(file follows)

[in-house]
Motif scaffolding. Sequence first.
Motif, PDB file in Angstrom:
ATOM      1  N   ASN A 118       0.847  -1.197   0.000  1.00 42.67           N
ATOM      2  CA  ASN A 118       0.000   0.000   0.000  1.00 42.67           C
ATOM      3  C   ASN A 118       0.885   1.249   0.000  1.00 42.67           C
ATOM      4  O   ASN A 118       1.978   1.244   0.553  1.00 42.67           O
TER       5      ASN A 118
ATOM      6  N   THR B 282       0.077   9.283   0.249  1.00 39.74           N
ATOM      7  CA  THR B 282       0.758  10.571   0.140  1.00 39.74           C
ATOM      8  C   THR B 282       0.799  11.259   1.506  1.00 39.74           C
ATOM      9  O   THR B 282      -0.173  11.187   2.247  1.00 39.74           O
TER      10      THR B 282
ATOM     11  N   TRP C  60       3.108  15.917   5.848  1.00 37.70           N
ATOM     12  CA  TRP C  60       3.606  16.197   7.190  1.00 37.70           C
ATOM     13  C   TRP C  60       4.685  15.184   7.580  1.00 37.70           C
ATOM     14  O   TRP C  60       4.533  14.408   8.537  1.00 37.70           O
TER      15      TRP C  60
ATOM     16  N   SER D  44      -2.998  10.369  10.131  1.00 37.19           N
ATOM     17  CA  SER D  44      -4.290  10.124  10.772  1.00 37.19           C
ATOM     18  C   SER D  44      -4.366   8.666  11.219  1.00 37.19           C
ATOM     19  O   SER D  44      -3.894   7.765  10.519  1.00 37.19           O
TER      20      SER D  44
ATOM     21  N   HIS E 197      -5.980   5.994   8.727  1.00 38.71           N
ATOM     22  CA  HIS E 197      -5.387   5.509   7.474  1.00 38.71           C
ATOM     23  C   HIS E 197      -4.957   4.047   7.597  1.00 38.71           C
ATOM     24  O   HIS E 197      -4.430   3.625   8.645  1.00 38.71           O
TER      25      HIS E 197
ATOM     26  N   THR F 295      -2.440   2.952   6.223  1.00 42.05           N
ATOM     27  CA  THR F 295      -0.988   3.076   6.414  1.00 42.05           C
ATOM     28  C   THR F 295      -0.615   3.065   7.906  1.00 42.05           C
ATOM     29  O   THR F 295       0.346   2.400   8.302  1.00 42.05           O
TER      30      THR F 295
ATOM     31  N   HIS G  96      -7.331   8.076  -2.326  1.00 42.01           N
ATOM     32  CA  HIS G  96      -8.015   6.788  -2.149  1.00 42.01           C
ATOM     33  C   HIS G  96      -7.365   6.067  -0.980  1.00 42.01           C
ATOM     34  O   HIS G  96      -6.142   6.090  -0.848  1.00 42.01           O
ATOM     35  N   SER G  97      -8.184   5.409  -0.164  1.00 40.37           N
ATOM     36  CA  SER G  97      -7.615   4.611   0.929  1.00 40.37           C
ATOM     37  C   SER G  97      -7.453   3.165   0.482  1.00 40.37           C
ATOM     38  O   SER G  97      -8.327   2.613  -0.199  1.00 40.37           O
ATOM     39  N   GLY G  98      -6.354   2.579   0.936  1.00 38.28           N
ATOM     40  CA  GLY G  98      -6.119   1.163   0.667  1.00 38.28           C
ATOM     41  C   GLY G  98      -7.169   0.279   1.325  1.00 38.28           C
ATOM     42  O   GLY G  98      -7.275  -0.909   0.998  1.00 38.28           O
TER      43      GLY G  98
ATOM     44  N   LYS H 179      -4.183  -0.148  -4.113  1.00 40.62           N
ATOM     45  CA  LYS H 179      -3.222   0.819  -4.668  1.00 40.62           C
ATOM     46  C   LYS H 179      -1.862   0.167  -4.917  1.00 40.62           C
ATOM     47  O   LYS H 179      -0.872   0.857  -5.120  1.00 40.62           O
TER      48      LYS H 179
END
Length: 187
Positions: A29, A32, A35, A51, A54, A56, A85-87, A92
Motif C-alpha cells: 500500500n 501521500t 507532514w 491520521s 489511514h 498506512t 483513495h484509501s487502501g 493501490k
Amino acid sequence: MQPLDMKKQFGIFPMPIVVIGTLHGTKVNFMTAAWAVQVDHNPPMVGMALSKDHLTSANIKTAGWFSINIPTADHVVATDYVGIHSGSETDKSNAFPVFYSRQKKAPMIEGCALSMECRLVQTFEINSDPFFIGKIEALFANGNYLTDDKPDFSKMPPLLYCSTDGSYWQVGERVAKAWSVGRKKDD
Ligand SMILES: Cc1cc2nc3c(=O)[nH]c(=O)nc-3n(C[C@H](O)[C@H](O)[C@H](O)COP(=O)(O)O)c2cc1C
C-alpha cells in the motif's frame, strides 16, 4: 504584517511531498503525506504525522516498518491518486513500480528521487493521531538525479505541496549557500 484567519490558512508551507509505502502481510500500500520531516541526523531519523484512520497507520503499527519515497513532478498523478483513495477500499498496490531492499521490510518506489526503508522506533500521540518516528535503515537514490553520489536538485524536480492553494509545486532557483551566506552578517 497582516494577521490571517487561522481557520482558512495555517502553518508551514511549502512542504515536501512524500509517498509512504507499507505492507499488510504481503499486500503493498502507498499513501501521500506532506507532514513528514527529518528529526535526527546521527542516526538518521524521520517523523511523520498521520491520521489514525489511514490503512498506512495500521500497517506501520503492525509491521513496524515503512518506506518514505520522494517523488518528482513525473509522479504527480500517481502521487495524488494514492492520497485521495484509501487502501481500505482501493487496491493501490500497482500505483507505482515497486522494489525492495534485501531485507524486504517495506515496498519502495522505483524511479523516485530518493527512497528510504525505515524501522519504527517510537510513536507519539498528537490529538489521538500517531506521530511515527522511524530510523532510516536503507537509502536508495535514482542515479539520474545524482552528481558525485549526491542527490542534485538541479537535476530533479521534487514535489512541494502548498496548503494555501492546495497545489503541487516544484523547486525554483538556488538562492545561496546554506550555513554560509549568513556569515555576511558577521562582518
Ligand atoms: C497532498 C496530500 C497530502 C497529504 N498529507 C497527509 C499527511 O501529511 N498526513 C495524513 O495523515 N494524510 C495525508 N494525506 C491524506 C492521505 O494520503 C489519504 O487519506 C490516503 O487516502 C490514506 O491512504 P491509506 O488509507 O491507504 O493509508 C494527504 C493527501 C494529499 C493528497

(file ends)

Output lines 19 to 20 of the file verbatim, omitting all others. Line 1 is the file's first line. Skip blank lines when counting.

ATOM     16  N   SER D  44      -2.998  10.369  10.131  1.00 37.19           N
ATOM     17  CA  SER D  44      -4.290  10.124  10.772  1.00 37.19           C